Amazing, we are able to know the distance to an object at its current location even if we cannot see that object now. Who knew?

Fabulous trip

During the last two weeks, I did not post anything. That is because I was traveling. First, there was the conference that I attended. After that, because I have some friend living in the same city, I took a few days visiting them. What a memorable time I had.

It is so green. What a contrast to the grays and browns that I experience here at home. So where is this wonderful place? Ottawa, Canada!

Parliament Hill in Ottawa

In the Byward Market, I bought some apples. One can buy a variety of fresh vegetables and fruit. The area has a variety of different restaurants and shops.

Byward Market Ottawa

I also visited the University of Ottawa and the National Research Council during my trip. These visits gave me the opportunity to discuss research collaboration opportunities with some people in my field of research.

It is not often that I travel these days. Basically, I don’t enjoy traveling . But for some reason, trips to Canada are always great. I just love that country.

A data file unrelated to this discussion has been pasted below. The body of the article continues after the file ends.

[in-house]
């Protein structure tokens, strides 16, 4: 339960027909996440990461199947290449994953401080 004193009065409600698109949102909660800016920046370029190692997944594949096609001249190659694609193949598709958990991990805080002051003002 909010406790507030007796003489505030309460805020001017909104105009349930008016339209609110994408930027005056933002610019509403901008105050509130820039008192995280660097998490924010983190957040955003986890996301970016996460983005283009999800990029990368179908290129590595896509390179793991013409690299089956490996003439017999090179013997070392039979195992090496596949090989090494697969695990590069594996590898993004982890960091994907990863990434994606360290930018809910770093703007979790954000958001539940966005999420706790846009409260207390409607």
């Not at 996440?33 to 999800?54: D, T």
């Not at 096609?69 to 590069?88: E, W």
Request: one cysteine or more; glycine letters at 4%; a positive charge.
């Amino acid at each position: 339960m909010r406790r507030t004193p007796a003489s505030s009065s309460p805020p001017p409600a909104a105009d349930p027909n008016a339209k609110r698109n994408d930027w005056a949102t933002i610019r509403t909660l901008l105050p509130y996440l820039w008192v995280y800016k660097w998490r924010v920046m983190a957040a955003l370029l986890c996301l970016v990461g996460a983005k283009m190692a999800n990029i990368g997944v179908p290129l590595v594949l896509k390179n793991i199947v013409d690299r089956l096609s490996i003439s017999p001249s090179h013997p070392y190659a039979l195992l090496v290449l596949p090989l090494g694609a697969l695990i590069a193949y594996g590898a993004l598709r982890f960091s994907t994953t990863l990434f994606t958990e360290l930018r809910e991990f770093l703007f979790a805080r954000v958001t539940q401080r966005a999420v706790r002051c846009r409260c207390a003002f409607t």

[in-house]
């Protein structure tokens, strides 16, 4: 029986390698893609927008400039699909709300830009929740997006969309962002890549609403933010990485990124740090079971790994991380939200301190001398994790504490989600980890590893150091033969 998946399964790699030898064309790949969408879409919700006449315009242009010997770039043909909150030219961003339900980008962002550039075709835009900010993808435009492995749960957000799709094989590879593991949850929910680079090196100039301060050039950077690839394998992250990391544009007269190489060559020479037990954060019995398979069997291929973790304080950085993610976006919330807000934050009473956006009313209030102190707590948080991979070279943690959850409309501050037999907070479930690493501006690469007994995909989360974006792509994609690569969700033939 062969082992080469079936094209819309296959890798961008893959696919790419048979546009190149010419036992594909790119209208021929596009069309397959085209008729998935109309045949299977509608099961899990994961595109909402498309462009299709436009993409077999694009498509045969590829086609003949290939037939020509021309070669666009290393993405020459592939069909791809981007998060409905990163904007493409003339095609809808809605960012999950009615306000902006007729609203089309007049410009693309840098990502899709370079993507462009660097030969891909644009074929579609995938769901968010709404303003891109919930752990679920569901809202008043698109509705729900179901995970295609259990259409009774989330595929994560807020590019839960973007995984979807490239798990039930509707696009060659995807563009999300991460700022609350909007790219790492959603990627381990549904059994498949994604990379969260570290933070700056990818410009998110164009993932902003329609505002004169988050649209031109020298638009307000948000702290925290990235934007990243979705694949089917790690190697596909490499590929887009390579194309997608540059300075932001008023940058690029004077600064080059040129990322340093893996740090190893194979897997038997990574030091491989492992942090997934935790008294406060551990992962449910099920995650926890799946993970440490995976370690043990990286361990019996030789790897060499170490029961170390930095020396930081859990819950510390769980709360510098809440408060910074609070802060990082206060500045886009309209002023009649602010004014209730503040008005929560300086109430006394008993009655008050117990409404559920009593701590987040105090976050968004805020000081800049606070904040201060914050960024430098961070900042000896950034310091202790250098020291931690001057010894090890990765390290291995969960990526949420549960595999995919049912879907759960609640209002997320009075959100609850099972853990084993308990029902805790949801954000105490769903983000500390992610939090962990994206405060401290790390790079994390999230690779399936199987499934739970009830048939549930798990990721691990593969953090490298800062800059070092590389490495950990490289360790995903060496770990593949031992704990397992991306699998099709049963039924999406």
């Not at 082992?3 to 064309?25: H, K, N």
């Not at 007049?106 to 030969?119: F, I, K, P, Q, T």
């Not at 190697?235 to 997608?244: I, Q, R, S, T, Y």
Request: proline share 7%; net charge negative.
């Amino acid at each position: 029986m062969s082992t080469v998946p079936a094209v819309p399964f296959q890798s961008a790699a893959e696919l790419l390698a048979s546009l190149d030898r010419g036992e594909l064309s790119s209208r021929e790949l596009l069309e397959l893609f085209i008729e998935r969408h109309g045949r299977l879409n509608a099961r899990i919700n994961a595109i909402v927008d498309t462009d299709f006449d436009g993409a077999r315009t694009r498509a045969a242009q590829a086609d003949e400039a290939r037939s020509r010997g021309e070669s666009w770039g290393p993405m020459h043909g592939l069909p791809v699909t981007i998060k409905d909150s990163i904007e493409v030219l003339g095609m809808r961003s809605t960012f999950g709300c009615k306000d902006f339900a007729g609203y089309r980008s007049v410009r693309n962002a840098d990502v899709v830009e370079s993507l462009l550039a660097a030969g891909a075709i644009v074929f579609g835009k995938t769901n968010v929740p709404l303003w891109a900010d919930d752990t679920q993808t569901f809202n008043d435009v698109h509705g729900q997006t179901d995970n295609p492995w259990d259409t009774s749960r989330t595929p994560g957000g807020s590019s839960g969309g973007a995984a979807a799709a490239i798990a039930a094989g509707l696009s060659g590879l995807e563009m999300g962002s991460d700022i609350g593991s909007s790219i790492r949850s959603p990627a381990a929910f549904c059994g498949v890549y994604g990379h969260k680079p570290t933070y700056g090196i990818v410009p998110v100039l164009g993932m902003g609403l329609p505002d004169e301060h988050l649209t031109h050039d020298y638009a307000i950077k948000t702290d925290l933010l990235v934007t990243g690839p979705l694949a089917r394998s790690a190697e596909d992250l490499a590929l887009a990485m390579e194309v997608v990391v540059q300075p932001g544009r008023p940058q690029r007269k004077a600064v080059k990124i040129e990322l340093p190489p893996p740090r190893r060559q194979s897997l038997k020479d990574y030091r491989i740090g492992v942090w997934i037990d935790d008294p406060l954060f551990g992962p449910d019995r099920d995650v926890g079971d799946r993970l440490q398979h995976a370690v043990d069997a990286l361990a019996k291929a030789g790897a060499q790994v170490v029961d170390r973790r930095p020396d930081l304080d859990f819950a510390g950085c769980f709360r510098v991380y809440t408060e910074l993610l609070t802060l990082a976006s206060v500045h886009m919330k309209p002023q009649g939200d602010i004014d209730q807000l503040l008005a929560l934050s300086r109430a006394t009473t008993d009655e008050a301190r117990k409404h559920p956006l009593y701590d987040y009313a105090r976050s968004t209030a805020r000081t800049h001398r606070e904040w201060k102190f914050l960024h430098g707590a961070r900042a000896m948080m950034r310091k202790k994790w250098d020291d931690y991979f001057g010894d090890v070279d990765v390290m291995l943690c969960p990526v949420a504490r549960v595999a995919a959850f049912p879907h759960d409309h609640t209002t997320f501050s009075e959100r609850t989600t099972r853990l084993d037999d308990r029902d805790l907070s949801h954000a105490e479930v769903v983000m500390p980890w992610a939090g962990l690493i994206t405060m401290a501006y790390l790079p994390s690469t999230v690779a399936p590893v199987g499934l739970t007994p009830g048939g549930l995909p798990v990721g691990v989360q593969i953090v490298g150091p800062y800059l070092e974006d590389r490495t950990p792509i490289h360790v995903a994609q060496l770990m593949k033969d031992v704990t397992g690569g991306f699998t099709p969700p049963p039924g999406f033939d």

Mandalas

Art and religion has many regions of overlap. It is an organic interaction that leads to much richness in cultures. One can just think of all the Byzantine art as an example.

Among the forms of art associated with Eastern religions, one finds the mandala. It is an abstract pattern, usually circular in design and often has some symmetries. Its meaning is some way associated with the universe, however, there’s more to it. Part of the whole significance is the actual creation process of a mandala. A person would tend to start from the centre and work his way outward. In this way, it represents how the individual is being connected with the universe. At least, that is what I understood from what I read about it.